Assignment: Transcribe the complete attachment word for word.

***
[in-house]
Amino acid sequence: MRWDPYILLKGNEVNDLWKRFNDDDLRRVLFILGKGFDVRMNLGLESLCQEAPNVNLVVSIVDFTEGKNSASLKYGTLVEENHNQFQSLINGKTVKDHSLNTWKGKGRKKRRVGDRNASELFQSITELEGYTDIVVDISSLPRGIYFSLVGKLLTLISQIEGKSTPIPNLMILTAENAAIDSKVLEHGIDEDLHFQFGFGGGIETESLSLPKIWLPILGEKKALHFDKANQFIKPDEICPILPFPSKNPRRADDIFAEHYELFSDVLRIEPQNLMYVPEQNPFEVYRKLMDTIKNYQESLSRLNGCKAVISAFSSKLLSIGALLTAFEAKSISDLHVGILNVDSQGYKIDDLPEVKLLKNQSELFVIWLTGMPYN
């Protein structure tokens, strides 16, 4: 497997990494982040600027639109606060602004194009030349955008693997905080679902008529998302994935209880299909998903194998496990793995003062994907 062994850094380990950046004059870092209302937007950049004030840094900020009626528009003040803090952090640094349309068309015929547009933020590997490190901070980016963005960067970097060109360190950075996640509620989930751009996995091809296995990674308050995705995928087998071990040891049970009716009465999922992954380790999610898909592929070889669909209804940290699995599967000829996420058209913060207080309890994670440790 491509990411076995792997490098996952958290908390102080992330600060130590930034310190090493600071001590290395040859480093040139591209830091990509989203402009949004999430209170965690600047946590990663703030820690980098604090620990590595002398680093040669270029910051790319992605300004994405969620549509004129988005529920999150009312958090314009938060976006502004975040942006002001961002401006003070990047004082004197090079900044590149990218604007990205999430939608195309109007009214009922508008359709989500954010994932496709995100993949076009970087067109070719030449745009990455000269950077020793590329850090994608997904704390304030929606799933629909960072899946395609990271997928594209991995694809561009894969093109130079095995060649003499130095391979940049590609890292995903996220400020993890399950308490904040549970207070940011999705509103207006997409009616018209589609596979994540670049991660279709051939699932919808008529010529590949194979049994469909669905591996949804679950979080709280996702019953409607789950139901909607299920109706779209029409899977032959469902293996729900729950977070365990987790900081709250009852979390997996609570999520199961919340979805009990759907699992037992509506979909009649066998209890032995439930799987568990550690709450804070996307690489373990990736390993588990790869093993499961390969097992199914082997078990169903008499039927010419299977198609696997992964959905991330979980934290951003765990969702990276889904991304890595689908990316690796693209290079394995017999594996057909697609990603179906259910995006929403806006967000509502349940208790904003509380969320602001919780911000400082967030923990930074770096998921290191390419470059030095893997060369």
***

[in-house]
Amino acid sequence: MRWDPYILLKGNEVNDLWKRFNDDDLRRVLFILGKGFDVRMNLGLESLCQEAPNVNLVVSIVDFTEGKNSASLKYGTLVEENHNQFQSLINGKTVKDHSLNTWKGKGRKKRRVGDRNASELFQSITELEGYTDIVVDISSLPRGIYFSLVGKLLTLISQIEGKSTPIPNLMILTAENAAIDSKVLEHGIDEDLHFQFGFGGGIETESLSLPKIWLPILGEKKALHFDKANQFIKPDEICPILPFPSKNPRRADDIFAEHYELFSDVLRIEPQNLMYVPEQNPFEVYRKLMDTIKNYQESLSRLNGCKAVISAFSSKLLSIGALLTAFEAKSISDLHVGILNVDSQGYKIDDLPEVKLLKNQSELFVIWLTGMPYN
């Protein structure tokens, strides 16, 4: 497997990494982040600027639109606060602004194009030349955008693997905080679902008529998302994935209880299909998903194998496990793995003062994907 062994850094380990950046004059870092209302937007950049004030840094900020009626528009003040803090952090640094349309068309015929547009933020590997490190901070980016963005960067970097060109360190950075996640509620989930751009996995091809296995990674308050995705995928087998071990040891049970009716009465999922992954380790999610898909592929070889669909209804940290699995599967000829996420058209913060207080309890994670440790 491509990411076995792997490098996952958290908390102080992330600060130590930034310190090493600071001590290395040859480093040139591209830091990509989203402009949004999430209170965690600047946590990663703030820690980098604090620990590595002398680093040669270029910051790319992605300004994405969620549509004129988005529920999150009312958090314009938060976006502004975040942006002001961002401006003070990047004082004197090079900044590149990218604007990205999430939608195309109007009214009922508008359709989500954010994932496709995100993949076009970087067109070719030449745009990455000269950077020793590329850090994608997904704390304030929606799933629909960072899946395609990271997928594209991995694809561009894969093109130079095995060649003499130095391979940049590609890292995903996220400020993890399950308490904040549970207070940011999705509103207006997409009616018209589609596979994540670049991660279709051939699932919808008529010529590949194979049994469909669905591996949804679950979080709280996702019953409607789950139901909607299920109706779209029409899977032959469902293996729900729950977070365990987790900081709250009852979390997996609570999520199961919340979805009990759907699992037992509506979909009649066998209890032995439930799987568990550690709450804070996307690489373990990736390993588990790869093993499961390969097992199914082997078990169903008499039927010419299977198609696997992964959905991330979980934290951003765990969702990276889904991304890595689908990316690796693209290079394995017999594996057909697609990603179906259910995006929403806006967000509502349940208790904003509380969320602001919780911000400082967030923990930074770096998921290191390419470059030095893997060369």